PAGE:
Comunicaciones Orales


Augusto Cesar F. de Moraes1, Juan Miguel Fernández-Alvira2,3, Tara Rendo-Urteaga1,2, Laurent Beghin4, Anthony Kafatos5, Cristina Julián-Almárcegui2, Stefaan de Henauw7, Yannis Manios8, Heráclito Barbosa Carvalho1, Luis A Moreno2

1 YCARE (Youth/Child and Cardiovascular Risk and Environmental) Research Group, Facultad de Medicina de la Universidad de Sao Paulo, Brazil; 2 Faculty of Health Sciences of the University of Zaragoza, GENUD (Growth, Exercise, Nutrition and Development) Research Group, Spain; 3 National Center for Cardiovascular Research Carlos III, Spain; 4 Unité Inserm U995 & Université Lille 2, France; 5 Preventive Medicine & Nutrition Unit, University of Crete School of Medicine, Greece; 6 Department of Paediatrics. Medical Faculty - University of Pécs, Hungary; 7 Department of Public Health, Ghent University, Belgium; 8 Department of Nutrition and Dietetics, Harokopio University, Greece.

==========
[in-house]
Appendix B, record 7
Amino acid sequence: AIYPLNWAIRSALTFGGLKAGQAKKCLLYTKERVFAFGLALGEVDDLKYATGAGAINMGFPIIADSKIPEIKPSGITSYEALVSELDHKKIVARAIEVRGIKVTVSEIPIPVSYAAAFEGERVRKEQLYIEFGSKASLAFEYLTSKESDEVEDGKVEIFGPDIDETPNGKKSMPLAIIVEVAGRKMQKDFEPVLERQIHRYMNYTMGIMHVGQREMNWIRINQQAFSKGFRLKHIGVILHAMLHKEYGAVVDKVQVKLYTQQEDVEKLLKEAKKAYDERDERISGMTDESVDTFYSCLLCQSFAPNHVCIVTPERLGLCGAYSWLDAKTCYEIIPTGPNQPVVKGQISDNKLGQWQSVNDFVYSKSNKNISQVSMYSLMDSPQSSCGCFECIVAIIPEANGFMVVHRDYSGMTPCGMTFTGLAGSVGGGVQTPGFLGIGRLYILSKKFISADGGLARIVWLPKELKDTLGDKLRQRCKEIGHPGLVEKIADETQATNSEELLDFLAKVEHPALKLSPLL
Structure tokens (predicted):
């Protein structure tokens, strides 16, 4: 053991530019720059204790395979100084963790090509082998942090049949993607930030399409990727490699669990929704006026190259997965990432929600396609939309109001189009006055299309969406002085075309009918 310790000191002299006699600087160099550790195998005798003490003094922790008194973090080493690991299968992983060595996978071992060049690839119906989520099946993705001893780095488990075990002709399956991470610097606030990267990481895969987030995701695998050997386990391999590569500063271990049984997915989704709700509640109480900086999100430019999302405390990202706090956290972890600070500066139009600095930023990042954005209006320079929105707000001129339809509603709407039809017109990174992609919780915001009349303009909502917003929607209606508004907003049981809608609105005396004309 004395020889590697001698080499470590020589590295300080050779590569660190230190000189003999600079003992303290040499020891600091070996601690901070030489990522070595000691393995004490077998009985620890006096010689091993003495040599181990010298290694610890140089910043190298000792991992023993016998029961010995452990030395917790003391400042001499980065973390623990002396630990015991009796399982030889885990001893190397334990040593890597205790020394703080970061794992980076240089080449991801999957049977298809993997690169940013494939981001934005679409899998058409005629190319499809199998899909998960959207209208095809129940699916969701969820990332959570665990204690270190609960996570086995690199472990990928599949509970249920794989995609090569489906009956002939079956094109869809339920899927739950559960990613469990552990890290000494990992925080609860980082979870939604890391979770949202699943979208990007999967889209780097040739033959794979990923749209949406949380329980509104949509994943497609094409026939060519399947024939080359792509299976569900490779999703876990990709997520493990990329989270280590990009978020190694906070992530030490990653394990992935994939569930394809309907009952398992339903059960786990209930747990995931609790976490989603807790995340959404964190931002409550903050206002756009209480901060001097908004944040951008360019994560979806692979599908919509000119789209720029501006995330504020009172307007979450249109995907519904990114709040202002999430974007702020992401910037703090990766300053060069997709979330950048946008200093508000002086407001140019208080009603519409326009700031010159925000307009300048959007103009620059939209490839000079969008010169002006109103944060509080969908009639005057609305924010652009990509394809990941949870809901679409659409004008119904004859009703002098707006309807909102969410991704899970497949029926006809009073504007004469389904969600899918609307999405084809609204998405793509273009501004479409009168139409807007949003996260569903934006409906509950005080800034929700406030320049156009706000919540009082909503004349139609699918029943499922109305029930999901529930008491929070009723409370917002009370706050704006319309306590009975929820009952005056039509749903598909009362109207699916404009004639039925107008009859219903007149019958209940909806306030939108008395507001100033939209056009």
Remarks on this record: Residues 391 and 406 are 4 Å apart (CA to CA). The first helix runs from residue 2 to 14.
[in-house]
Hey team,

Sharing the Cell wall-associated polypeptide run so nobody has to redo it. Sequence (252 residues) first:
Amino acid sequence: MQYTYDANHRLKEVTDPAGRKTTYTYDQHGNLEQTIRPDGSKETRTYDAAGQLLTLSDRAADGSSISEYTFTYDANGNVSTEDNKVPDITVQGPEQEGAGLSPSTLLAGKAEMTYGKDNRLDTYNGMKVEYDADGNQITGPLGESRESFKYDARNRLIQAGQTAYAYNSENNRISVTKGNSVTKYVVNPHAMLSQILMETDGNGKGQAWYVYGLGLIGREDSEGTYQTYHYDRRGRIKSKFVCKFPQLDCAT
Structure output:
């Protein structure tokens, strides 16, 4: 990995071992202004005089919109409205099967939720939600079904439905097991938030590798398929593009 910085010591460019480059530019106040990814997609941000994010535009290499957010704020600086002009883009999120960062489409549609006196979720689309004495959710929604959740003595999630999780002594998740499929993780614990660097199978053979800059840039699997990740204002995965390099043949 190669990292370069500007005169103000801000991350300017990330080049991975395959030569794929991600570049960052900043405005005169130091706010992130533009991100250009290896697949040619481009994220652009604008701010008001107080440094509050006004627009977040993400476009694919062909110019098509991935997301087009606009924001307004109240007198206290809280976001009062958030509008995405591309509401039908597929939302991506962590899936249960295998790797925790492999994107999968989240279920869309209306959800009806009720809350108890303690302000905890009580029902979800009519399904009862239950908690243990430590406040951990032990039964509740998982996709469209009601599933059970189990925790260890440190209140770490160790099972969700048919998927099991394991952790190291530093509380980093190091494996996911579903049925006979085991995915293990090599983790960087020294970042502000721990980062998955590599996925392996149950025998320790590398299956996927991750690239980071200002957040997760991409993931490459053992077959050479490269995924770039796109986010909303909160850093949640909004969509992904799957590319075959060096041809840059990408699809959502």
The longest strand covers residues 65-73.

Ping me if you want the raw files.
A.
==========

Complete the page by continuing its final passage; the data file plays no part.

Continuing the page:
Background: Several lifestyle behaviors (fruits and vegetables consumption, sugar-sweetened beverages, physical activity, screen time and sleep duration) are associated with cardiovascular health outcomes in adolescents. Objetives: To identify clustered lifestyle behaviors among Brazilian and European adolescents, and to examine their association with systolic (SBP) and diastolic (DBP) blood pressure levels. Methods: Participants from two cross-sectional studies, one conducted in Europe (n = 1,252; HELENA study) and the other in Brazil (n = 682; BRACAH study), were selected by complex sampling. SBP and DBP (outcomes), clustered behaviors (weekly consumption of fruits and vegetables, weekly consumption of soft drinks, sleep duration, screen time and physical activity), and potential confounders were analyzed. Associations were examined by multilevel linear regression. Results: We identified four clusters in girls and three in boys, but the clusters are different in Brazil and Europe. The Healthy Eating cluster was negatively associated with DBP in European girls β -2.46 (-4.62; -0.30) and SBP in Brazilian boys β -2.79 (-3.10; -0.15). However, Unhealthy Eating cluster was associated with increased SBP in European girls β 4.54 (1.29; 7.79) and Brazilian boys β 4.10 (0.80; 7.40). Conclusions: The Healthy Eating patterns are associated with lower blood pressure, while the patterns of Unhealthy Eating, may increase the levels of SBP in adolescents. The clusters characterized by physical activity / sedentary lifestyle are not associated with blood pressure.